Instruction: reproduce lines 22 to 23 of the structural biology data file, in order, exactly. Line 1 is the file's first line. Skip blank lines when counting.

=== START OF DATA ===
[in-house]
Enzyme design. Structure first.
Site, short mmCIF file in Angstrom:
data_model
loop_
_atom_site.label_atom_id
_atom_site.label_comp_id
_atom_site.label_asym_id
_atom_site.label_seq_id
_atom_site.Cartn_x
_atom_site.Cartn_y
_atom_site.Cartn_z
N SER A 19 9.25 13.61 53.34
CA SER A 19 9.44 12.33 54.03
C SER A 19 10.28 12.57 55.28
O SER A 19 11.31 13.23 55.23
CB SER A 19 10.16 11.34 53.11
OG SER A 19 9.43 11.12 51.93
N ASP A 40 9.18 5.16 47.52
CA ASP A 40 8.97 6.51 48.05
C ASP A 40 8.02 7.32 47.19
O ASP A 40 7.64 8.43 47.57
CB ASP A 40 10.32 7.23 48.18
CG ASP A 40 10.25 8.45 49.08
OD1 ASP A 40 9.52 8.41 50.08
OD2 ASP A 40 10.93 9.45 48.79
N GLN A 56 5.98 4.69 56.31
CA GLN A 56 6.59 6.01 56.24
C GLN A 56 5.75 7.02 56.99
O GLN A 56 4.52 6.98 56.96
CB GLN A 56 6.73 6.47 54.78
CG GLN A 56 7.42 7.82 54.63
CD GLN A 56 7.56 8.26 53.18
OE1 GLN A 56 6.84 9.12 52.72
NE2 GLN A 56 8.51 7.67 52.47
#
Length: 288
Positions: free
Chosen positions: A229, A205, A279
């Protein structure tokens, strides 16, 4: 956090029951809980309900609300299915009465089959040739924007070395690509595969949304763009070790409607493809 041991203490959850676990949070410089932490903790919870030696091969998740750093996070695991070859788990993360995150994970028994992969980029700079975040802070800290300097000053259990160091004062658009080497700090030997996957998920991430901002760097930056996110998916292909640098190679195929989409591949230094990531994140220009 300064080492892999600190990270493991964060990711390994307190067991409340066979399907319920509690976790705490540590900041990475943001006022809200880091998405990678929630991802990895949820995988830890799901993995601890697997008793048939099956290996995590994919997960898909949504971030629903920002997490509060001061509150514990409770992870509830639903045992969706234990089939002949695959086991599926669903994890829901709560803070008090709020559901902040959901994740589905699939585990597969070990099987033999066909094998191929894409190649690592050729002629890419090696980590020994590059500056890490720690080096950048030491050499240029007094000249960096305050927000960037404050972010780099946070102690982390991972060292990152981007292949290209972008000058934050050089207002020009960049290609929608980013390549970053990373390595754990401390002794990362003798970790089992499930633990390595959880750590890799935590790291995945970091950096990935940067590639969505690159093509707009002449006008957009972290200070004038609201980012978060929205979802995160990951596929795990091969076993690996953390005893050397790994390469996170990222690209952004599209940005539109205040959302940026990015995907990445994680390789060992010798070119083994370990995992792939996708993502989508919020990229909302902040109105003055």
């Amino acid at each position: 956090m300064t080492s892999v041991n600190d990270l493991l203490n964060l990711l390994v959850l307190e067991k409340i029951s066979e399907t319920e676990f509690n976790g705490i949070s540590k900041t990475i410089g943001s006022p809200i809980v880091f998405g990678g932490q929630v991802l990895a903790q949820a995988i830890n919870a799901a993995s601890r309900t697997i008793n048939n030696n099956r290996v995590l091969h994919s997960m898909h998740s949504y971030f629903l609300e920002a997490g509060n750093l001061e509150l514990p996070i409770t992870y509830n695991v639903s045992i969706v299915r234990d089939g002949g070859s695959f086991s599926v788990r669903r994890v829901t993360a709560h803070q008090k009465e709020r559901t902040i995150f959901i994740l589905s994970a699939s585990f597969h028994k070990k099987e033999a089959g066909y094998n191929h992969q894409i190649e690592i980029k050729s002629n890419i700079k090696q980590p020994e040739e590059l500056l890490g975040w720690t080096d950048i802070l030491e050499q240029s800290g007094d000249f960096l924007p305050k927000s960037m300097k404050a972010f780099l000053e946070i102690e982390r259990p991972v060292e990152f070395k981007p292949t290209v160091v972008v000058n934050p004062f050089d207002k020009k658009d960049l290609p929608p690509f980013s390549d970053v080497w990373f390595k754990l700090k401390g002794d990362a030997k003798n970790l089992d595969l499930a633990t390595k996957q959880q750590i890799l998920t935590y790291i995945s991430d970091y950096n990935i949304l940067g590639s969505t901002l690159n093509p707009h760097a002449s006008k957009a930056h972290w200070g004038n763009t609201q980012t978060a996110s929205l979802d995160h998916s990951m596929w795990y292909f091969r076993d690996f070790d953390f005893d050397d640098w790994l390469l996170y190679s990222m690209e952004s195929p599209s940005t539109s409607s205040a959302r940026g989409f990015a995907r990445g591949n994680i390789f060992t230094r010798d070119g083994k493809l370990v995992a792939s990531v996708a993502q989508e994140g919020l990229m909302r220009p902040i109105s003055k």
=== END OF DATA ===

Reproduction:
O ASP A 40 7.64 8.43 47.57
CB ASP A 40 10.32 7.23 48.18